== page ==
March 23, 2018
The first round of public consultations on the multi-million dollar revitalisation of the Kingaroy CBD revealed a surprise result on Thursday … everyone is keen for improvements to be made in Kingaroy, Alford and Haly streets but less keen on the creation of a “Kingaroy Plaza” in Glendon Street.
Experts from JFP Urban Consultants – the Brisbane-based company which was commissioned last year to to begin planning Kingaroy’s CBD upgrade – joined with Council staff to speak at meetings held in the Kingaroy Town Hall Reception Room for CBD property owners, CBD traders and the general public.
A total of about 75 people attended the three sessions, and the consensus was unanimous … if the project is to be completed in stages, the Glendon Street plaza should be done last.
Kingaroy Chamber of Commerce and Industry members had enjoyed a sneak peek at the concept plans at their recent meet’n’greet but for most people, it was their first opportunity to take a look at the initial proposals.
South Burnett Regional Council Technical Services Manager James D’Arcy said the consultants had gone back to the old makeover plans for Kingaroy developed by landscape architect John Mongard in the early 2000s.
Mr Mongard’s company helped to create the then-Kingaroy Shire Council makeover of the Town Hall Forecourt, O’Neill Square and the Heritage Precinct (Art Gallery, Visitor Information Centre and Museum).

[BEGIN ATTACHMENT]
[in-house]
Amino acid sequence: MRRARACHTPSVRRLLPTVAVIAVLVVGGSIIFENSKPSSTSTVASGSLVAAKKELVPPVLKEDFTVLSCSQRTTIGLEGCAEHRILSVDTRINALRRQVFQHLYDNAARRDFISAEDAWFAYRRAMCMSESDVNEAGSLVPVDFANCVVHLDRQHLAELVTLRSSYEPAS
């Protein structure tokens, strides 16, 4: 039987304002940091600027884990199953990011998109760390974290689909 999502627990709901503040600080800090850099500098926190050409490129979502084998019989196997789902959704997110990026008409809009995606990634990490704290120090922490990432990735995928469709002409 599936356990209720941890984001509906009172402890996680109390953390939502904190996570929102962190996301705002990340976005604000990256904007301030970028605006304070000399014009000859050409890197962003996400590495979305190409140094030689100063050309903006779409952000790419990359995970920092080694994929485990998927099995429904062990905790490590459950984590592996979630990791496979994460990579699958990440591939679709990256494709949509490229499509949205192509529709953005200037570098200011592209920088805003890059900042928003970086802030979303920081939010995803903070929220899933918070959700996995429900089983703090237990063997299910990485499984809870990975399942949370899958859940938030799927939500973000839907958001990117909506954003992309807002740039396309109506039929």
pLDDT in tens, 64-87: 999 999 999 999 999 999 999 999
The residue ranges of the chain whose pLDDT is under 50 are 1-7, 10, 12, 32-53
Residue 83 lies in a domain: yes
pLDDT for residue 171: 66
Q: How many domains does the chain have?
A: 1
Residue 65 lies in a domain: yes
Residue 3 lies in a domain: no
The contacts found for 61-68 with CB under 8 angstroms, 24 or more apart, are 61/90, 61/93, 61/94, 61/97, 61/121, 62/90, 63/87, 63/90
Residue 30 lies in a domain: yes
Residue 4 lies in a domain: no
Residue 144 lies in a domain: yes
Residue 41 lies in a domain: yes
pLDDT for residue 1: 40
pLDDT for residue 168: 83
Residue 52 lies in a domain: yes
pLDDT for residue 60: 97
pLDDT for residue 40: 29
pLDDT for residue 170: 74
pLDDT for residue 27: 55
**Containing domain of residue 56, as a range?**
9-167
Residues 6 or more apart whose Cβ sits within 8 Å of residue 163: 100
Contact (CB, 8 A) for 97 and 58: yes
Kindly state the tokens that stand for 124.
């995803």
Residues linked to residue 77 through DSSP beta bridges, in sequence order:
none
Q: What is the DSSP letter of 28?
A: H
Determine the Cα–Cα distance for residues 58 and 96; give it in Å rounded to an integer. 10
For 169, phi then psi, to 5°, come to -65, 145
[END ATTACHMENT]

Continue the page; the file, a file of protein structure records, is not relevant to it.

Mr D’Arcy said there had been a lot of good material gathered by Mongards during some robust community engagement but not all the issues that had been identified had been addressed at the time by Kingaroy Shire Council.
The area that has been identified as the centre of attention for the project is bounded by Youngman, Haly, Markwell and Kingaroy streets.
This area includes Alford Street, from Youngman to Kingaroy, and George Street.
Andrew Galt, from JFP Urban Consultants, described proposals to improve the streets with angle parking, “build-outs” and pedestrian refuges at the intersections, and more trees (while gradually removing the colourful but messy rain trees which are now classified as invasive plants by Biosecurity Queensland).
Concrete median strips would also be introduced to help control and slow traffic, making the area safer.
Another change would be the relocation of the Haly Street pedestrian crossing from near the South Burnett Times to near Raine & Horne.
Concerns were expressed from the audience that the proposed designs could hinder truck access to businesses along Haly Street.
Also discussed was the matter of pig trucks traversing Haly Street, famously described by a former Kingaroy mayor as “the smell of money”.
Mr Galt said the revitalisation had to be a balancing act between the safety and attractiveness of the CBD, and the important part that pig trucks played in the local economy.
However, he said the suggested changes to Haly Street could encourage the trucks to use another route, for example King Street.
Mr Galt stressed that Youngman, Haly and Kingaroy streets were all State-controlled roads, which meant any changes on these streets would have to be approved by the Department of Transport and Main Roads.
The proposed changes in Alford and Markwell streets – Council-controlled roads – would be easier to achieve but would also most likely require a reconfiguration of access to Shoppingworld’s underground car park.
Car parking in the Kingaroy CBD was a major topic of conversation at all three sessions.